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Golden Gate Barriers?

Another Stalled Bay Area Project

Golden Gate Bridge
Golden Gate Bridge
(AP Photo)
In our series 'the place that forgot how,' another example of why it seems so hard to get things done around here. How two viewpoints, one emotional and the other practical, can cancel each other out, paralyzing a process for over two decades.

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When Lauren Bacall crossed the Golden Gate Bridge for 50 cents in the 1947 film Dark Passage, no one could have imagined today's crossing: Sardines at high speed: 120,000 cars a day, 45 miles per hour and $5 bucks a car.

Pete Wilson: "On this bridge, with its attention grabbing views and its narrow and precarious open lanes, head-ons kill. It's those head-ons that drive a very old, and very emotional debate."

Everytime there's a fatal accident — 35 since 1970 — the cry for barriers on the Golden Gate Bridge re-emerges.

Robert Guernsey, Citizens for a Safe Golden Gate Bridge: "It's very important. I would not like to loose a loved one, nobody would, but I think it's going to have to take somebody from the district side to loose somebody before they get involved."

Bob Guernsey has been fighting the Golden Gate Bridge District for 20 years.

Insisting a barrier, a movable wall between oncoming lanes, ought to be a top priority. But, "ought" and "can" are two very different things.

Mary Currie, Golden Gate Bridge District: "We've been moving forward on the preliminary engineering work since 1998 to see if the barrier will actually work. Yeah it will fit out there, but will it work and how will it work?"

Early on in the debate, the barrier simply wasn't practical. The designs were too wide. Recently however, engineers have narrowed their designs.

Still, a barrier would reduce already skinny lanes by a half foot, from 10 feet to 9.5.

Safety experts say squeezing drivers would replace one danger with another.

Mary Currie, Golden Gate Bridge District: We are going to take away cross over head-ons, but we are going to increase other types of more frequent minor accidents."

Robert Guernsey, Citizens for a Safe Golden Gate Bridge: "At first, people will be a little afraid of it and they will slow down."

Now, even with workable designs, there are other problems — big ones. Money, for instance. The bridge is currently a quarter billion dollars in the red.

What will a barrier cost?

Mary Currie, Golden Gate Bridge District: "We're probably at $15 to $20 million by the time this thing is all said and done."

That's nearly $2 million for each death since 1970.

But can you put a price on saving a life? If the US government spent what the bridge district would need to spend, the Feds would dole out a trillion dollars to reduce the nation's 50,000 annual highway deaths to zero.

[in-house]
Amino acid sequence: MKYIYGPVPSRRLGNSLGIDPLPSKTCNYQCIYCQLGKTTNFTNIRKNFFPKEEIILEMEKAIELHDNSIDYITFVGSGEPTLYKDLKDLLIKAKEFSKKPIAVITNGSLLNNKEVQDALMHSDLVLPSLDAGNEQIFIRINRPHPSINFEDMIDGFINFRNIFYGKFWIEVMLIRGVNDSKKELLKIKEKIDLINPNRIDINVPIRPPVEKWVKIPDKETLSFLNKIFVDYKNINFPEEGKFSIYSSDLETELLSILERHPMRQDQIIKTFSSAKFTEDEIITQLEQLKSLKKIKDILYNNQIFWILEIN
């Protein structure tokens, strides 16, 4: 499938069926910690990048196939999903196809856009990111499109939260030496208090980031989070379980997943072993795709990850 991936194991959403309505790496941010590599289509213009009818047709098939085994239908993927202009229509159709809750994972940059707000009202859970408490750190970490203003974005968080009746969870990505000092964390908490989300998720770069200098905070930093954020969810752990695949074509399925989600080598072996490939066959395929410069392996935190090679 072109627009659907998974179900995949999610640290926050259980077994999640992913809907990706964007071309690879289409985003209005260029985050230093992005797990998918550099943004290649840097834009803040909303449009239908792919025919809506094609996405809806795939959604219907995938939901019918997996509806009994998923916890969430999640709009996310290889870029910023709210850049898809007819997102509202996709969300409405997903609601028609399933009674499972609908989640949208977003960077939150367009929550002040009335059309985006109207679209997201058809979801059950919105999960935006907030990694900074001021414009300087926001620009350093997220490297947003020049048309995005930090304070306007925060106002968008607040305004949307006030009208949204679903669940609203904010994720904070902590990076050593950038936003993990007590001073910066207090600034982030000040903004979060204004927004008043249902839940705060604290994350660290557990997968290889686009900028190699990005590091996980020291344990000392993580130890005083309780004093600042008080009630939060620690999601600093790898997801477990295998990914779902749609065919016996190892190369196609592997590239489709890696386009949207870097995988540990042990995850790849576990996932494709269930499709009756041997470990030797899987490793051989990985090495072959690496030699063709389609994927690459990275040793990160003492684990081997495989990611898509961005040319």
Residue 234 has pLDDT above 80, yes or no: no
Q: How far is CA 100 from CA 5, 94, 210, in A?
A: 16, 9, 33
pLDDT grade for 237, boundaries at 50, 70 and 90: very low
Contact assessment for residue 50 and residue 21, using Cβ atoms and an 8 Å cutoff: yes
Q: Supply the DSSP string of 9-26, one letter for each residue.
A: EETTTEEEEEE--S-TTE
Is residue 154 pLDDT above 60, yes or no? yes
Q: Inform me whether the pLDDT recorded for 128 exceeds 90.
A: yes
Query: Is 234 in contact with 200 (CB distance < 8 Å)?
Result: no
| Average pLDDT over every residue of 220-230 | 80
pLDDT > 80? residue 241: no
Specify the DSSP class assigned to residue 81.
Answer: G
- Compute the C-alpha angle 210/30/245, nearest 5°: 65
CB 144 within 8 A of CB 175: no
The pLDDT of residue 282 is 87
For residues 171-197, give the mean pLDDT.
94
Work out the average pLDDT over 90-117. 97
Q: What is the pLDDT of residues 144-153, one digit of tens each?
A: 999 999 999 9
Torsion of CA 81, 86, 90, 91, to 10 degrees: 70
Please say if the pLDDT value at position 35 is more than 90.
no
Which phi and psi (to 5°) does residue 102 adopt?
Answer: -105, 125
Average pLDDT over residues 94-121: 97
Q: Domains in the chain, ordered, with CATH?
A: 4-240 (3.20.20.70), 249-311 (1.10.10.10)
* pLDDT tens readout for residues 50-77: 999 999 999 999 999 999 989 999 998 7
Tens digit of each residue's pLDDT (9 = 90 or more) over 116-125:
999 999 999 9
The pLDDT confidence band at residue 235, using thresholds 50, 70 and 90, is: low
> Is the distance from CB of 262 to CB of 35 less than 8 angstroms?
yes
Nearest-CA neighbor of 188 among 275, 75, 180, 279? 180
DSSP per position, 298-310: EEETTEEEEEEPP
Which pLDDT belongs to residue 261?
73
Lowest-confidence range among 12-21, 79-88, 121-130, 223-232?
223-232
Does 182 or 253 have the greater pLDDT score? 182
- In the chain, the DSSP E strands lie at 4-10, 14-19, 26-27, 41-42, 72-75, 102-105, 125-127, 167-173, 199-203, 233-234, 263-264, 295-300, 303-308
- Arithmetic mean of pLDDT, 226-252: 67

Robert Guernsey, Citizens for a Safe Golden Gate Bridge: "I feel that safety — you can't put a price on it — it's very, very important that these people who commute on a daily basis get a fair and honest shake for their money."

Of course, with this bridge, there are aesthetic concerns — a famously beautiful bridge in a famously beautiful spot.

Mary Currie, Golden Gate Bridge District: "We are anchored by federal lands on both sides. We're sitting in a national park and it's not easy to add or change the environment."

And then there's an unanticipated set of facts that some say argues against a barrier. Since the district lowered the speed limit to 45 and imposed double fines, accidents have dropped 70 percent. There hasn't been a fatal head-on accident here since 2001.

Nonetheless, the old barrier game, the language of negotiation goes on, both sides insisting, really, honestly, it's going to happen, somehow, someday.

Robert Guernsey, Citizens for a Safe Golden Gate Bridge: "When the bridge is satisfied with the answers they've received, and the cry from citizens, it will just be a matter of time."

Mary Currie, Golden Gate Bridge District: "The barrier is a viable and good project."

One in which only time will tell.

Pro-barrier activists are sincerely talking about lives. The district, just as sincerely, can't afford to appear callous no matter the day to day realities. In a way, this has become an Alice in Wonderland debate, an argument that goes on and on even as reality prevents the argument from ever being settled.

In the weeks and months ahead, ABC7 will look at Bay Area projects and problems, both great and small. We'd like your help. Give us examples of projects you think have become frozen in the system as we look at the place that forgot how.

Click here to send an e-mail.

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Last Updated: Jan 14, 2003

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